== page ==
As the best-selling author in Turkey, Pamuk's work is impressive in statistics alone, yet to focus on purely this would undermine the true importance of his work. Pamuk has faced pressure from the Turkish government for speaking out against the regime, and even had the threat of a potential prison sentence for 'insulting' Istanbul. This pressure to silence dissent and debate which Pamuk has fought against is all the more relevant now, in the violent political crisis which the country has found itself in the throes of over the last decade.
Due to his position as a liberal writing in a world where almost all other Turkish liberals have been silenced by the regime, Pamuk has faced hate campaigns, public book burnings, and a multitude of threats for speaking out about the treatment of Kurdish and Armenian people in Turkey. His popularity in spite of these obstacles is remarkable, and his role as an influential figure both outside and inside of Turkey is crucial for highlighting the issues which the country faces.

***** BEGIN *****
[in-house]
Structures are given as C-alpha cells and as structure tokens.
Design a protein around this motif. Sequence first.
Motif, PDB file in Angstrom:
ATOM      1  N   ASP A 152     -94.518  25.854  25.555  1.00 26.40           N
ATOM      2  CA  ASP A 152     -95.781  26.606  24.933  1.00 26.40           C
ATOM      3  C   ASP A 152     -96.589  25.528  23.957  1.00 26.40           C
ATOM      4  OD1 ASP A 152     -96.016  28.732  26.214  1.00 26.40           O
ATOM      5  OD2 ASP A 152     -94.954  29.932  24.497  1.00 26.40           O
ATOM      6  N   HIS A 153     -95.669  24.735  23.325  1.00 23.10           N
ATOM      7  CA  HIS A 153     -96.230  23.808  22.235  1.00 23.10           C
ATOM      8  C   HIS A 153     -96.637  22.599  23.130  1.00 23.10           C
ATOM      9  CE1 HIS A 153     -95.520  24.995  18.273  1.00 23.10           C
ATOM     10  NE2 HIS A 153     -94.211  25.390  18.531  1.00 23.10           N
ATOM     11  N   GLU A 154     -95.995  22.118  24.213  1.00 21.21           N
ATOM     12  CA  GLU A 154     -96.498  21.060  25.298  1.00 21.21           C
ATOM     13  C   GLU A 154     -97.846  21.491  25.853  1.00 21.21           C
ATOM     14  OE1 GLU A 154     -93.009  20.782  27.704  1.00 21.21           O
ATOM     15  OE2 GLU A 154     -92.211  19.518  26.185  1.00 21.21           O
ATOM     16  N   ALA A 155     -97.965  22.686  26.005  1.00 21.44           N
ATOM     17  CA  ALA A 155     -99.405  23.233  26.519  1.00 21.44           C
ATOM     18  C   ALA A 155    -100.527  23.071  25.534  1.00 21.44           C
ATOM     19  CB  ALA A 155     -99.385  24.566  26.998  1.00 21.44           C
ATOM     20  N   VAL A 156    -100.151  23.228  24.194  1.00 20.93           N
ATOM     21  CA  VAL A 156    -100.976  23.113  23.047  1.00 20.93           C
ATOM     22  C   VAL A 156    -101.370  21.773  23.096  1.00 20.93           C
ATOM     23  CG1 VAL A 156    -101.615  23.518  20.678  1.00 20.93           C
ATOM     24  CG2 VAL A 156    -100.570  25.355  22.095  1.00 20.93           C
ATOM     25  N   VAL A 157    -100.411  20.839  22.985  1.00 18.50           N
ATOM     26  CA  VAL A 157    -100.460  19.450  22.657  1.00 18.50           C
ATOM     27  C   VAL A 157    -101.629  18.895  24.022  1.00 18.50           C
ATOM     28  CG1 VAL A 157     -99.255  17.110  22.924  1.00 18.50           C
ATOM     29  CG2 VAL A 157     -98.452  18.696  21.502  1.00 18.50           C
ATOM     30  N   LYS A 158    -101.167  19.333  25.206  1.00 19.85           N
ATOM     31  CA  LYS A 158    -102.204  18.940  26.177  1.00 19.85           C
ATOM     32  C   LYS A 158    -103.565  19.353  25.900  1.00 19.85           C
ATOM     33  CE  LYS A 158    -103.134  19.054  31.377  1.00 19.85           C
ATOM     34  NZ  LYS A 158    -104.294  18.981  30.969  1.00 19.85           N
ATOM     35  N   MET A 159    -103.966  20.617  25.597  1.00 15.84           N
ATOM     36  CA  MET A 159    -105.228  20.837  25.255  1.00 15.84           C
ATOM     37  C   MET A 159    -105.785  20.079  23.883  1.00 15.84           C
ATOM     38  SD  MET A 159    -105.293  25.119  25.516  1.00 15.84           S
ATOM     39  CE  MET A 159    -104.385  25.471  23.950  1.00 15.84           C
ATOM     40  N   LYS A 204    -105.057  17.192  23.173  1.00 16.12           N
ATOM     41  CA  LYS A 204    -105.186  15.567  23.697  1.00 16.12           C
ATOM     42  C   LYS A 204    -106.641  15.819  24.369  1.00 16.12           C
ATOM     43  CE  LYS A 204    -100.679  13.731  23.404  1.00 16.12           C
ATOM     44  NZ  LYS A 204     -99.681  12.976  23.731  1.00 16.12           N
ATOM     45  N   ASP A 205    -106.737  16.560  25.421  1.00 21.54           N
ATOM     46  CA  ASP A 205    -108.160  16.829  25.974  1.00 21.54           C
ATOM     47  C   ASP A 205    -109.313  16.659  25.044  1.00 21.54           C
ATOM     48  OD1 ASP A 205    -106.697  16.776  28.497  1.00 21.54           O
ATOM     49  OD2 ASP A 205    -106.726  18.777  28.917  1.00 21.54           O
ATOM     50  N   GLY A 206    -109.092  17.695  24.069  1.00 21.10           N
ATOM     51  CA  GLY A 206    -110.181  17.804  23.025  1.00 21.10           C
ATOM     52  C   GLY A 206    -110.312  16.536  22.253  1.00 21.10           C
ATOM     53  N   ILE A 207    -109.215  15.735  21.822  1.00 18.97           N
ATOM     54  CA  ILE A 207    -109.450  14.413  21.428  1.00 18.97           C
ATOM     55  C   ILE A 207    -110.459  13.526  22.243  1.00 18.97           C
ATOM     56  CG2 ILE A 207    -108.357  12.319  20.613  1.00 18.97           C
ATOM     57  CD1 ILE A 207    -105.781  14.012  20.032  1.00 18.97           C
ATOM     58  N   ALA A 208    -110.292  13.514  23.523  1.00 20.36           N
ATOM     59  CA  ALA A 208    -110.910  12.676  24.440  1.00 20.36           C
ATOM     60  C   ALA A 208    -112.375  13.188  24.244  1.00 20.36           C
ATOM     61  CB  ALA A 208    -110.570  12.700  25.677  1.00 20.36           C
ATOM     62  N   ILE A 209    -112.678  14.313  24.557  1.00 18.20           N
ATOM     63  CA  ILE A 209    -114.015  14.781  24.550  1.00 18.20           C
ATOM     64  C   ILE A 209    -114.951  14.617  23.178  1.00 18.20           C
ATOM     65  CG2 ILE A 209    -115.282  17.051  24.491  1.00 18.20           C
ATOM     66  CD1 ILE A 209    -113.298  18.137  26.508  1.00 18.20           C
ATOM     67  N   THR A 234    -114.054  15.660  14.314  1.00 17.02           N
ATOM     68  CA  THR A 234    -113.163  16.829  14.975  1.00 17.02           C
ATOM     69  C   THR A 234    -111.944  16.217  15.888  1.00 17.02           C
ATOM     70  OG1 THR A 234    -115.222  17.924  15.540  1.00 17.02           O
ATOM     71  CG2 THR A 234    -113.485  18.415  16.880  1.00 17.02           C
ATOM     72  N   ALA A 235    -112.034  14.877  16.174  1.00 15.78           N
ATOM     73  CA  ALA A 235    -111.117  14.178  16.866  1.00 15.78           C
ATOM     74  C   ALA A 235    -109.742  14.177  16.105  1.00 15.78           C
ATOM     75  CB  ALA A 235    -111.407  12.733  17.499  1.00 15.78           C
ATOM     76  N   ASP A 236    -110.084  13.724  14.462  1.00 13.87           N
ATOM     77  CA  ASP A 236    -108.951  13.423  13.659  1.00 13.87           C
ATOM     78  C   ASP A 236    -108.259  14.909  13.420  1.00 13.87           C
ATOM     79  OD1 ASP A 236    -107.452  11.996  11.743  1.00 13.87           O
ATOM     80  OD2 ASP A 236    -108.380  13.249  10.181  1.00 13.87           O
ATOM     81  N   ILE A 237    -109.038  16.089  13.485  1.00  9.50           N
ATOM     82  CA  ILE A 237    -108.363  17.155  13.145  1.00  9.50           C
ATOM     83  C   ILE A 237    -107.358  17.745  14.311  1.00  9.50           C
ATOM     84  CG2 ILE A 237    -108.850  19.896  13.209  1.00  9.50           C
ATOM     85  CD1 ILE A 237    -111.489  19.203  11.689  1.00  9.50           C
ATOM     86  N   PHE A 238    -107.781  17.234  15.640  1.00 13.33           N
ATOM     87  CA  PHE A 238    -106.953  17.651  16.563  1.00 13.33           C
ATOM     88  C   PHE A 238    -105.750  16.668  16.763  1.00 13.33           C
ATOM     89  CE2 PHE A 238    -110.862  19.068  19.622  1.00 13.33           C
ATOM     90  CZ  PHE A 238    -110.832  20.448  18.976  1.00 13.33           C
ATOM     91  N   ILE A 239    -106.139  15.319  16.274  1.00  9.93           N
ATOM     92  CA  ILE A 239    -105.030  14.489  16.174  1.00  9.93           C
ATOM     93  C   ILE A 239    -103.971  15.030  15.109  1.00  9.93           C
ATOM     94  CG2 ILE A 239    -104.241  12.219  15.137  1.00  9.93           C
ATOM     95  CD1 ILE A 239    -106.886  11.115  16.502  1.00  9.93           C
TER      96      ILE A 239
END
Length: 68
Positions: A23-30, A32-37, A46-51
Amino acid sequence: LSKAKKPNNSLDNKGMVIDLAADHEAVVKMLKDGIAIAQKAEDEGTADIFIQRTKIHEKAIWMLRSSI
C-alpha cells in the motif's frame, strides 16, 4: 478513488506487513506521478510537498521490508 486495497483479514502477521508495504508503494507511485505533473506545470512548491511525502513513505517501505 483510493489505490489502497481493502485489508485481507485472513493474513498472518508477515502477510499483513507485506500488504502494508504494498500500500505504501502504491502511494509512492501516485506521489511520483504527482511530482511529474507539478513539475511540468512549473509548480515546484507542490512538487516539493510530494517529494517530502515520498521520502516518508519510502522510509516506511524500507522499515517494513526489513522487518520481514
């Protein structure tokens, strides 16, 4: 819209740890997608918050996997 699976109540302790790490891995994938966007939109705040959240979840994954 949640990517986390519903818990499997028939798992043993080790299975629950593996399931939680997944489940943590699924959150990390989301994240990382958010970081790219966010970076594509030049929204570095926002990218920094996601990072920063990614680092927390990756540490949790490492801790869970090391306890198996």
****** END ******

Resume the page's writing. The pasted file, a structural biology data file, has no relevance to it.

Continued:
In discussing this, Pamuk will consider why the city of Istanbul
continues to be his major source of inspiration, where today's conflicts were rooted, and how Istanbul's people cope with such a politically volatile environment.
He will also
use the event to discuss the relationship between reading and seeing, tensions
between the state and individual freedom, and collisions of civilisations
within the city which has defined his life. As well as his latest release, he will be using images from The Museum of Innocence and his newly
published visual edition of his memoir, Istanbul,
to reflect on these ideas. The innovative display of his work is more than just a point of interest; it is a statement about the power which arts and culture have to combat radicalism.
Tickets are £15 - £20 and
are available to book now.
|What||Orhan Pamuk in Conversation, Southbank Centre|
|Where||Royal Festival Hall, Southbank Centre, Belvedere Road, London, SE1 8XX | MAP|
|Nearest tube||Waterloo (underground)|
On 15 Sep 17, 7:30 PM – 8:30 PM
|Price||£15 - £20|
|Website||Click here for tickets and more information|